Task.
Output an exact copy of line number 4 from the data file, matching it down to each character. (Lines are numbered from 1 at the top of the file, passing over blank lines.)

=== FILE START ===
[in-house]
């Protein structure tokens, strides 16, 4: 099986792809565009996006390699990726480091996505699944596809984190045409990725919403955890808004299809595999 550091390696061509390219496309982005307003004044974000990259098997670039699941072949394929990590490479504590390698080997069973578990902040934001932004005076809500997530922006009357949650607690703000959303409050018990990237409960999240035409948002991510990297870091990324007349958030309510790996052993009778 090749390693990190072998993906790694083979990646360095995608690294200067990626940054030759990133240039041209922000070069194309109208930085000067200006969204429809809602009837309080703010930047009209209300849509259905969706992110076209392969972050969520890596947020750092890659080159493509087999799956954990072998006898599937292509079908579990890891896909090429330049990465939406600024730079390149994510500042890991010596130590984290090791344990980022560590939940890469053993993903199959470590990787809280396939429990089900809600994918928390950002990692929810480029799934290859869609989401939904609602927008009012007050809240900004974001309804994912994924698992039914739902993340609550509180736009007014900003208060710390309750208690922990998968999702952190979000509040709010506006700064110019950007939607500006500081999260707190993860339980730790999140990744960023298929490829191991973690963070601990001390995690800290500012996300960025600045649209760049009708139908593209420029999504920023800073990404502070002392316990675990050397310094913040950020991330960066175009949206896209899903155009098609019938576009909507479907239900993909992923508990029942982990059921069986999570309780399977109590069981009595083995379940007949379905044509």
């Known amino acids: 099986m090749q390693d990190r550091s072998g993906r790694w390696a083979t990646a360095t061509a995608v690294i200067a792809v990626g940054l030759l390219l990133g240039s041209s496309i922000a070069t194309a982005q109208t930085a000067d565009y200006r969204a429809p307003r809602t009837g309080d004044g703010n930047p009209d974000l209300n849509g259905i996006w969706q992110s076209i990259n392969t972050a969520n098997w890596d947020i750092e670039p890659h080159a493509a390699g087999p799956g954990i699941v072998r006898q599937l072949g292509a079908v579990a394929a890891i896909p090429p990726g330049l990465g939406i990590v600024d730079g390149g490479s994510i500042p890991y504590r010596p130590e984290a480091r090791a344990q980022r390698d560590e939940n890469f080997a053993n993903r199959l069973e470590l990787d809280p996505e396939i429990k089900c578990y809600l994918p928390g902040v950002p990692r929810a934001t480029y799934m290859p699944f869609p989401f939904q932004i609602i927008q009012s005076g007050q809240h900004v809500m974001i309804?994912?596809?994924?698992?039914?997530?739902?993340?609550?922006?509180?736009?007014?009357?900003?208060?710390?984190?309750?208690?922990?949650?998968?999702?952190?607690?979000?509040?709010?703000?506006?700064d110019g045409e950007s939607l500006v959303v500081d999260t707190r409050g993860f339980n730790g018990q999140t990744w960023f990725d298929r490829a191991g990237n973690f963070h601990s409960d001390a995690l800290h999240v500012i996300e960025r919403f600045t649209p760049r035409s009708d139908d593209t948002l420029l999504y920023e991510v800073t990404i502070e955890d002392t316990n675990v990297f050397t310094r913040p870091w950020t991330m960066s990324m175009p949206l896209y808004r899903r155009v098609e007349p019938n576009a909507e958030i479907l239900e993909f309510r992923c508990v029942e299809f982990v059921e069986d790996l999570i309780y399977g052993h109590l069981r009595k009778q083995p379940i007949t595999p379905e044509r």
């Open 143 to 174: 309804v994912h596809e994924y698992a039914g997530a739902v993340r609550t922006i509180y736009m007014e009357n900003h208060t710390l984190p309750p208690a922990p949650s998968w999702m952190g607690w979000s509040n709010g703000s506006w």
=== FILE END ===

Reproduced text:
């Open 143 to 174: 309804v994912h596809e994924y698992a039914g997530a739902v993340r609550t922006i509180y736009m007014e009357n900003h208060t710390l984190p309750p208690a922990p949650s998968w999702m952190g607690w979000s509040n709010g703000s506006w």